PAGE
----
Justice News

Department of Justice
Office of Public Affairs

FOR IMMEDIATE RELEASE
Wednesday, June 9, 2010
Justice Department Signs Agreement with Smyth County, Virginia, to Ensure Civic Access for People with Disabilities

WASHINGTON- The Justice Department today announced an agreement with Smyth County, Va., to improve access to all aspects of civic life for persons with disabilities. The agreement was reached under Project Civic Access (PCA), the department’s wide-ranging initiative to ensure that cities, towns and counties throughout the country comply with the Americans with Disabilities Act (ADA).

PCA was initiated to ensure that persons with disabilities have an equal opportunity to participate in civic life, a fundamental part of American society. As part of the PCA initiative, Justice Department investigators, attorneys and architects survey state and local government facilities, services and programs in communities across the country to identify the modifications needed for compliance with ADA requirements. The agreements are tailored to address the steps each community must take to improve access. This agreement is the 179th under the PCA initiative.

“Access to civic life is a fundamental part of American society and is necessary for individuals with disabilities to be full members of their communities,” said Thomas E. Perez, Assistant Attorney General of the Civil Rights Division. “Communities and workplaces across the nation have become more accessible for America’s nearly 50 million people with disabilities due to cooperative actions taken by entities like Smyth County. We hope that all local governments are committed to achieving full compliance with the ADA, particularly as we approach the 20th anniversary of this landmark civil rights law in July."

Under the agreement announced today, Smyth County will take several important steps to improve access for individuals with disabilities, such as:

  • Making physical modifications to facilities surveyed by the department so that parking, routes into the buildings, entrances, service areas and counters, restrooms, public telephones and drinking fountains are accessible to people with disabilities.
  • Surveying other facilities and programs and making modifications wherever necessary to achieve full compliance with ADA requirements.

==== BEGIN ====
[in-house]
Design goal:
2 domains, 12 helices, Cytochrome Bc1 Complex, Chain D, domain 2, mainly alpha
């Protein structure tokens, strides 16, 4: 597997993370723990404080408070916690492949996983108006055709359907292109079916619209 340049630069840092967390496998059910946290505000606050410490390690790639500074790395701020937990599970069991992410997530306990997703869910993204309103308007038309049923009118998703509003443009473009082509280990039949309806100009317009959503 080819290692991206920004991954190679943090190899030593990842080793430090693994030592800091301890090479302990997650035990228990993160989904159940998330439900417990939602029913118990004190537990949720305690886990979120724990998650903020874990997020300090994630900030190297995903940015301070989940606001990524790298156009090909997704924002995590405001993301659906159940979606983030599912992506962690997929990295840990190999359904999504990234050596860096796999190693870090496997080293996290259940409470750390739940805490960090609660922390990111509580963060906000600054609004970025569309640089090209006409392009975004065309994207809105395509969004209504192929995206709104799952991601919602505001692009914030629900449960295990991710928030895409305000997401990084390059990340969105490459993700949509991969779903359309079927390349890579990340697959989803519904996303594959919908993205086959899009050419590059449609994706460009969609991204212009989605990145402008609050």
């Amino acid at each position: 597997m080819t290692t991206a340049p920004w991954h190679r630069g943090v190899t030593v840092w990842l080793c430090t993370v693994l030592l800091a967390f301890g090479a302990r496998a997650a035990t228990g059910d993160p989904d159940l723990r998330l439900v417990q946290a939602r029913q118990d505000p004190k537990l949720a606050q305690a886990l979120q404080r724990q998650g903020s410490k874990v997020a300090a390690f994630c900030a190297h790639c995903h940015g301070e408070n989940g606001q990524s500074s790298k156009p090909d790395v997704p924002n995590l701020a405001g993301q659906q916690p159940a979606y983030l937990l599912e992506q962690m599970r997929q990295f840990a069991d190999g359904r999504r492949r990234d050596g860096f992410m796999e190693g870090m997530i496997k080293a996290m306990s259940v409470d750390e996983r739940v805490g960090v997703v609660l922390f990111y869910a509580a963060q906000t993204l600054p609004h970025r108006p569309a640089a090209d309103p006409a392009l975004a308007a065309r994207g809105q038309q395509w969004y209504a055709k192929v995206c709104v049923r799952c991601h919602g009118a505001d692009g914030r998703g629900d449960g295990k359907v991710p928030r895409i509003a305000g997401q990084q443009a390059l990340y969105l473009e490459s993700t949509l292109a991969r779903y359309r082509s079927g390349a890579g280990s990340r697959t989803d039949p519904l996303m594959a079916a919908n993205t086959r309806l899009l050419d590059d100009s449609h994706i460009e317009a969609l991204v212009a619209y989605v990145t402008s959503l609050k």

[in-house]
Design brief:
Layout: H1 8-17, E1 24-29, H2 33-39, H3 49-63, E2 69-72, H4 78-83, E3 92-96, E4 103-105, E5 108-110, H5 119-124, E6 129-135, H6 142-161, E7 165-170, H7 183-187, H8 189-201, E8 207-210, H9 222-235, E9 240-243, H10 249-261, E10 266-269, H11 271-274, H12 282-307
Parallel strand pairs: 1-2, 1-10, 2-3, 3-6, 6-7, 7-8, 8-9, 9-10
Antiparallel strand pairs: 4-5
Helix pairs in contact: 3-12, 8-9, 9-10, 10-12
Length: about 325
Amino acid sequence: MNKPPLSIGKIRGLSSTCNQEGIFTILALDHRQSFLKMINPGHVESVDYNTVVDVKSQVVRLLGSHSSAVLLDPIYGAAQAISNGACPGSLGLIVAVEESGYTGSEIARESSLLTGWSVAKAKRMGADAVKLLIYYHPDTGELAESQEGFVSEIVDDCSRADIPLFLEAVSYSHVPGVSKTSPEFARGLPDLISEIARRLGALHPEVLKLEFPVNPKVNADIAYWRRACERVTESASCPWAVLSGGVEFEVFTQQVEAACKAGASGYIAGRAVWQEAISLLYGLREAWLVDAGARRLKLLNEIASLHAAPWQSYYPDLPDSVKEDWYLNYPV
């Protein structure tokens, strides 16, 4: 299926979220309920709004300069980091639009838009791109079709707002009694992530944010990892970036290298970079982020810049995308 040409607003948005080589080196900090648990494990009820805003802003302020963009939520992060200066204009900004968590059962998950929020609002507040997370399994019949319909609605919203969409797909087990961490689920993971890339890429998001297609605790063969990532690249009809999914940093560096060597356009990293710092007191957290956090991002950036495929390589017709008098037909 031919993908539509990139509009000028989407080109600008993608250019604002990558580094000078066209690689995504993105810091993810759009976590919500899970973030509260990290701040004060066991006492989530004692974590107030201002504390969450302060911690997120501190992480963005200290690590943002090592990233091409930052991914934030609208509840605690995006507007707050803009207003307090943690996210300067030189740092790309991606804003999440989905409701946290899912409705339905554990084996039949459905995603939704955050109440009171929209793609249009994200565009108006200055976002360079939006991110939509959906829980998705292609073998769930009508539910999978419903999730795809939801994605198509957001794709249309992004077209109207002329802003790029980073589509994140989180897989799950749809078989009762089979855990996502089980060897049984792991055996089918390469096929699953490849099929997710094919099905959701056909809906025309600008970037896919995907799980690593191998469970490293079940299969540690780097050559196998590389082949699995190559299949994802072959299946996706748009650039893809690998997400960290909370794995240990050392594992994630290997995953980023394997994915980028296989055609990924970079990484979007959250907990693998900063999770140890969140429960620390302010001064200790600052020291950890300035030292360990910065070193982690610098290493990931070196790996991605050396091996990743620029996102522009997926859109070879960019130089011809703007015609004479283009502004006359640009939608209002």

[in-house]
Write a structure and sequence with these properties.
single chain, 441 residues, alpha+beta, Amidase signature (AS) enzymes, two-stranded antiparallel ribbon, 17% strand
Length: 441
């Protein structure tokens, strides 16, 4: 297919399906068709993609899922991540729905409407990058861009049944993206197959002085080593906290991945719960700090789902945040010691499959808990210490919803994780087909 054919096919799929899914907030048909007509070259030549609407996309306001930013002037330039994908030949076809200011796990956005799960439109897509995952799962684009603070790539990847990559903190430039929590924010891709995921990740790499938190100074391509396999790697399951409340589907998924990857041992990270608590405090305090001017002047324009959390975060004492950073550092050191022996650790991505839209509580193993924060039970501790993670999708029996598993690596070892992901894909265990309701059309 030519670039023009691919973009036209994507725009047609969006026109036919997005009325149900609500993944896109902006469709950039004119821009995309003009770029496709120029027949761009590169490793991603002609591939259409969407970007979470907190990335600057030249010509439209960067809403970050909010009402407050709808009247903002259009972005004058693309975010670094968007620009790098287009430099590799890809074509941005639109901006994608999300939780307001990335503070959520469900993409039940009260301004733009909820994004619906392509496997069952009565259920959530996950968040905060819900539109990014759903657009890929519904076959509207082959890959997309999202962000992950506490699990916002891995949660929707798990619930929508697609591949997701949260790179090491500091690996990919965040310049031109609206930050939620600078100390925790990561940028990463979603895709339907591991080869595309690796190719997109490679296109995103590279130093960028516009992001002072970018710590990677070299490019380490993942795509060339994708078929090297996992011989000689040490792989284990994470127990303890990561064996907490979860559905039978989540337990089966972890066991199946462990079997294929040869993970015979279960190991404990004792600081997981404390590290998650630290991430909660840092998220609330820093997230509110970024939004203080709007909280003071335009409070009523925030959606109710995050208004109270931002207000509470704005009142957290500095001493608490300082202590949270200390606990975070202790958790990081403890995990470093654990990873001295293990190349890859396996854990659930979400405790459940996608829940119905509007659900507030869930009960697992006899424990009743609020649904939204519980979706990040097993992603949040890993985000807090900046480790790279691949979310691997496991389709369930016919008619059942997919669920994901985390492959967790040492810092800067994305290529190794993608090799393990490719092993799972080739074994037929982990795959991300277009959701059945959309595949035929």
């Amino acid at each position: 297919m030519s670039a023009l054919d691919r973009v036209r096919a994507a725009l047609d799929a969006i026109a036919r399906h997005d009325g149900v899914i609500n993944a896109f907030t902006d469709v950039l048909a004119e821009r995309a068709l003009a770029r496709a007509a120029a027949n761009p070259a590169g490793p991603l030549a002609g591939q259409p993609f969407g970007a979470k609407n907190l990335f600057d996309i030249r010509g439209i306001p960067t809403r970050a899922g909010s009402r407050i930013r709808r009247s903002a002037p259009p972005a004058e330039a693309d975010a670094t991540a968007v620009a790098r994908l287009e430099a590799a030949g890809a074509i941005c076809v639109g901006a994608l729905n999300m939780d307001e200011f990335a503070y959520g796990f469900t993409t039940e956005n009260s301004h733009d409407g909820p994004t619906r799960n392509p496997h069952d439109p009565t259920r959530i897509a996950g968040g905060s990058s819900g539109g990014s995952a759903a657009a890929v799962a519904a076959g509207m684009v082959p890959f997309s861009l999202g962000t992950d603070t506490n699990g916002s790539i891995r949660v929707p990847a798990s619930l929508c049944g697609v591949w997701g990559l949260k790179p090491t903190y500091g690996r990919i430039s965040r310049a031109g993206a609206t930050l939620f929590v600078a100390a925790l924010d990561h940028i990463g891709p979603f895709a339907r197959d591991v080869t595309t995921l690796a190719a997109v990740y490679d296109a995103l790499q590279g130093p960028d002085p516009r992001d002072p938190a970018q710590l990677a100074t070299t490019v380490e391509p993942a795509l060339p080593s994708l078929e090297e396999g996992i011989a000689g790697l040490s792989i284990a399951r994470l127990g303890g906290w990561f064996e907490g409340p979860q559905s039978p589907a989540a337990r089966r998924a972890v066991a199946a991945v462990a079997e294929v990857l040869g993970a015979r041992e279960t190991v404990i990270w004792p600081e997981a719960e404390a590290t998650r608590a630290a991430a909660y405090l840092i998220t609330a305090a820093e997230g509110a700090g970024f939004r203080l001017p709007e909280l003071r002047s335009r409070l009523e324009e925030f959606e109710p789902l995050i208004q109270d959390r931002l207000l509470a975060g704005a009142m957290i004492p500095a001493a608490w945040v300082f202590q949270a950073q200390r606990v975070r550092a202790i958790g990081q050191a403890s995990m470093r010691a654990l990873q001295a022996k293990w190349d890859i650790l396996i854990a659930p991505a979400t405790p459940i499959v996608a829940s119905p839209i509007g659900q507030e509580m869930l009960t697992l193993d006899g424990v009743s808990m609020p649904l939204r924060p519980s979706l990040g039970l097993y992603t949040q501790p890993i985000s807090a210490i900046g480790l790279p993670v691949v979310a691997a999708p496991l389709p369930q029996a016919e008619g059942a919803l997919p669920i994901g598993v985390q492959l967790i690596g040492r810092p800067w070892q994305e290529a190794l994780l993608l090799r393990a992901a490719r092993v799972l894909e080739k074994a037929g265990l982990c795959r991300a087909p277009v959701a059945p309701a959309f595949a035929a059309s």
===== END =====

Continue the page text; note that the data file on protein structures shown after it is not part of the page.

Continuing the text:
• Ensuring that buildings and outdoor facilities that will be built or altered by or on behalf of the county comply with the ADA’s architectural requirements.
  • Posting, publishing and distributing a notice to inform members of the public of the provisions of Title II and their applicability to the county’s programs, services and activities.
  • Officially recognizing the Virginia’s telephone relay service as a key means of communicating with individuals who are deaf, are hard-of-hearing, or have speech impairments and training staff in using the relay service for telephone communications.
  • Undertaking the required planning and modifications to ensure equal, integrated access to emergency management for individuals with disabilities, including emergency preparedness, notification, evacuation, sheltering, response, clean up and recovery.
  • Developing a method for providing information for interested persons with disabilities concerning the existence and location of the county’s accessible services, activities and programs.
  • Installing signs at any inaccessible entrance to a facility directing individuals with disabilities to an accessible entrance or to information about accessing programs and services at other accessible facilities.
  • Adopting a grievance procedure to deal with complaints of disability discrimination relating to county programs and services.

Smyth County, named to honor General Alexander Smyth, was created in 1832. Two-thirds of the 435 square miles of the county came from neighboring Washington County, and one-third from Wythe County. According to 2000 census data, 24.9 percent of people living in Smyth County – nearly one in every four residents – is an individual with a disability.

Today’s agreement was reached under Title II of the ADA, which prohibits discrimination against individuals with disabilities by state and local governments. The department will actively monitor the county’s compliance with the agreement. The agreement will remain in effect for three years or until the department has confirmed that all required actions have been completed, whichever is later.

 

People interested in finding out more about the ADA, today’s agreement with Smyth County, the Project Civic Access initiative, or the ADA Best Practices Tool Kit for State and Local Governments can access the ADA Web page at www.ada.gov or call the toll-free ADA Information Line at (800) 514-0301 or (800) 514-0383 (TTY).

10-675